|Version 15 (modified by guest, 8 years ago) (diff)|
The 2006 GHC hackathon: 14,15 September 2006, Portland
GHC is used by lots of people, but its implementation is rather over-centralised, even though GHC is a BSD-licensed, open-source project. The biggest obstacle to more people getting involved is that GHC is a big, and hence intimidating, system. The purpose of the GHC hackathon is to give a tutorial in GHC’s innards, plus time to work on some projects in a context where there are plenty of people around to help. The objective is to substantially broaden (more numbers) and deepen (more confidence) the community of people who feel they know enough to fix and enhance GHC.
These days, GHC is more than just a batch compiler:
- It's an interactive interpreter
- It's a (Haskell) library
The latter, in particular, opens up new possiblities, such as using GHC to parse and type-check Haskell, before analysing or transforming it with your own program. However, GHC-as-a-library has a pretty big interface that uses a lot of data types, which will be among the things we'll describe at the hackathon.
We'll suggest some projects, but you're welcome to come along with your own wacky ideas or itches that you want to scratch, and work on them in an environment with a high-bandwidth connection to developers who really know the innards of GHC. You could work on something individual, or in small groups. We anticipate all being in one room, or in a tight group of rooms, so there’d be lots of informal interaction.
Also there's a good chance it'll be fun :-)
Date and programme
The hackathon will be held in Portland, Oregon, on Thursday September 14th and Friday 15th, immediately before the International Conference on Functional Programming (ICFP'06) in Portland. There are various interesting ICFP workshops on Sat 16th (Generic programming, ML, Erlang), but if people are enthusiastic to continue on Saturday, the space will be available.
We have in mind the following.
- One full day of tutorial from Simon PJ & Simon M about GHC’s glorious innards (14th)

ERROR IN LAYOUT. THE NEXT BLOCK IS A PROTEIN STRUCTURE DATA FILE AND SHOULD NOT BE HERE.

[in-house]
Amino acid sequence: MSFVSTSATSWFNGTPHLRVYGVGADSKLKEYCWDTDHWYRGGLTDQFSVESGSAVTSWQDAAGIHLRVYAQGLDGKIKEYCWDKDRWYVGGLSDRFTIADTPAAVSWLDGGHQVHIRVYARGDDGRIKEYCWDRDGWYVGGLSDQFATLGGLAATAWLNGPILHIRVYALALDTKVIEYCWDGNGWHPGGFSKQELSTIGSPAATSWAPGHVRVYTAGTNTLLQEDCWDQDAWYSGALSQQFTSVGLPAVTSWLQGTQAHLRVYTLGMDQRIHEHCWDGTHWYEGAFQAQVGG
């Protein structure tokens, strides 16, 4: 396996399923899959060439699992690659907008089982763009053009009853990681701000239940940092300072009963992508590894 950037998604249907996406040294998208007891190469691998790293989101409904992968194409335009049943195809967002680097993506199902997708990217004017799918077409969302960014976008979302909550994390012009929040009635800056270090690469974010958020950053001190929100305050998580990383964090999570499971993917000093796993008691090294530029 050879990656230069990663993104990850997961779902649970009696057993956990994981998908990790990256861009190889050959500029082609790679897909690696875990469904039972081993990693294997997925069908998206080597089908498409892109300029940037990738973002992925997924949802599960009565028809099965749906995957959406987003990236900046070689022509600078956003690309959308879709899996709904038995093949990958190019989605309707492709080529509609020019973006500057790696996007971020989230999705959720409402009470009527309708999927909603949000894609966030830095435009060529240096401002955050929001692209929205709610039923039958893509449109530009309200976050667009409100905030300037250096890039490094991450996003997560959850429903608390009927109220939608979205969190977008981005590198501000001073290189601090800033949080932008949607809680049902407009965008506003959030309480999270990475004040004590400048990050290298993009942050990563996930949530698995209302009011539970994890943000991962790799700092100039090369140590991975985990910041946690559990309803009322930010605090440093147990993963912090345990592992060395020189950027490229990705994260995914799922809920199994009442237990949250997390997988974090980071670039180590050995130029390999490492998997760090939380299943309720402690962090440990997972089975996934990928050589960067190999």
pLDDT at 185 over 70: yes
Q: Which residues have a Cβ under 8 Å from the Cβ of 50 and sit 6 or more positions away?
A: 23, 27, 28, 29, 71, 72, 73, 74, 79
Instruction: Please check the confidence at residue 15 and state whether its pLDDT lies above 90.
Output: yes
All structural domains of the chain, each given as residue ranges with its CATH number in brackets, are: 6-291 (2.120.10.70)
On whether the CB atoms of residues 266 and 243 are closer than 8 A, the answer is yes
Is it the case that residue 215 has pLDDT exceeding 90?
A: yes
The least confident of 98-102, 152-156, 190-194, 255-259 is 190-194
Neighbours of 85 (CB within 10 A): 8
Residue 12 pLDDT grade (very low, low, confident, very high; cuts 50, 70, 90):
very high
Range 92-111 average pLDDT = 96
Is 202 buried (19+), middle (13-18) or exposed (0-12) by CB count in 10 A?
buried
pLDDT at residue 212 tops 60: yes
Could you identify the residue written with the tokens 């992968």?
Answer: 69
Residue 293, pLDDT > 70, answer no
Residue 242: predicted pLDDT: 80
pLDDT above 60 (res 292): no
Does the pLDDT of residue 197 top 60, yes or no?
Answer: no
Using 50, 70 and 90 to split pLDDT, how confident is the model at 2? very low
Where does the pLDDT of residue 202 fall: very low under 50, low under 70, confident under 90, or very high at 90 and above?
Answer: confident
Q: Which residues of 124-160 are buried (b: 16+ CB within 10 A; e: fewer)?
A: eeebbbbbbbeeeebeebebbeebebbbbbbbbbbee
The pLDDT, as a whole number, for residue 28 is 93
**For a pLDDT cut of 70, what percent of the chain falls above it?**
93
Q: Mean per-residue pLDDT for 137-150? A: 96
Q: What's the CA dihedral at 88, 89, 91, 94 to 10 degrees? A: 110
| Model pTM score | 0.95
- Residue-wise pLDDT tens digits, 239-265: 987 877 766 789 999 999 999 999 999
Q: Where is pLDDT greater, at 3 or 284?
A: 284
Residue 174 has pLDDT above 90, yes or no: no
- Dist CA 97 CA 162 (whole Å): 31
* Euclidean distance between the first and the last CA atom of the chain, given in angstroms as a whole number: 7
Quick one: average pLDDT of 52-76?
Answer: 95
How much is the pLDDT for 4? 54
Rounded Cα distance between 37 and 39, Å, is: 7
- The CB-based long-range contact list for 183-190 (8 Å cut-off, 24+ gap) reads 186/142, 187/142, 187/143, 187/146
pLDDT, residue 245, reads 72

- Then one or two days of hacking on projects (15th, 16th)
We expect that some of you will come with GHC-related projects that you want to work on, but we'll also offer a list of possible projects, so you can come without anything in mind and choose on the day. The list is a wiki; please add your own suggestions to it, even if you can't come!
Galois will be hosting the meeting. Their offices are in Beaverton, a suburb of Portland.
- Galois will provide a large room, with desks, a projector, and wireless access.
- We will also have other rooms that can be used for side-projects.
- Bring you own laptop (capable of building GHC).
|Address:||12725 SW Millikan Way|
|Beaverton, OR 97005|
More detailed directions will be provided before the hackathon.
If you want to come, we strongly encourage you to tell us, in two ways:
- Email jodee@…, stating you wish to attend the GHC Hackathon.
- Add your name to the list of participants below (this page is a Wiki, so you can do that yourself).
Registration is not absolutely required, but any Pizza, manuals, and workspace will be allocated on a first come, first served basis, so registration is a good plan!
Zero. But you may have to feed yourself if you don't register.
If you want to come, please add your name to the list below. Add a sentence or two about yourself and why you want to come. If you are working on a project to do with GHC, tell us about that too.
- Simon Marlow One of the main authors of GHC, particularly the back end, run-time system, and libraries.
- Simon Peyton Jones One of the main authors of GHC, particularly the type system and Core intermediate language.
- Andy Gill, Galois, Previous contributor to GHC, wanting tools for high assurance Haskell.
- Malcolm Wallace, nhc98-hacker, wanting to steal ideas :-), particularly from the type-system.
- Clifford Beshers, Linspire, particularly interested in GHC as a library.
- Paul Graunke, Galois, interested in formal methods (Isabelle) and GHC intermediate representations
- Kathleen Fisher, ATT, interested in adding support for data description to Haskell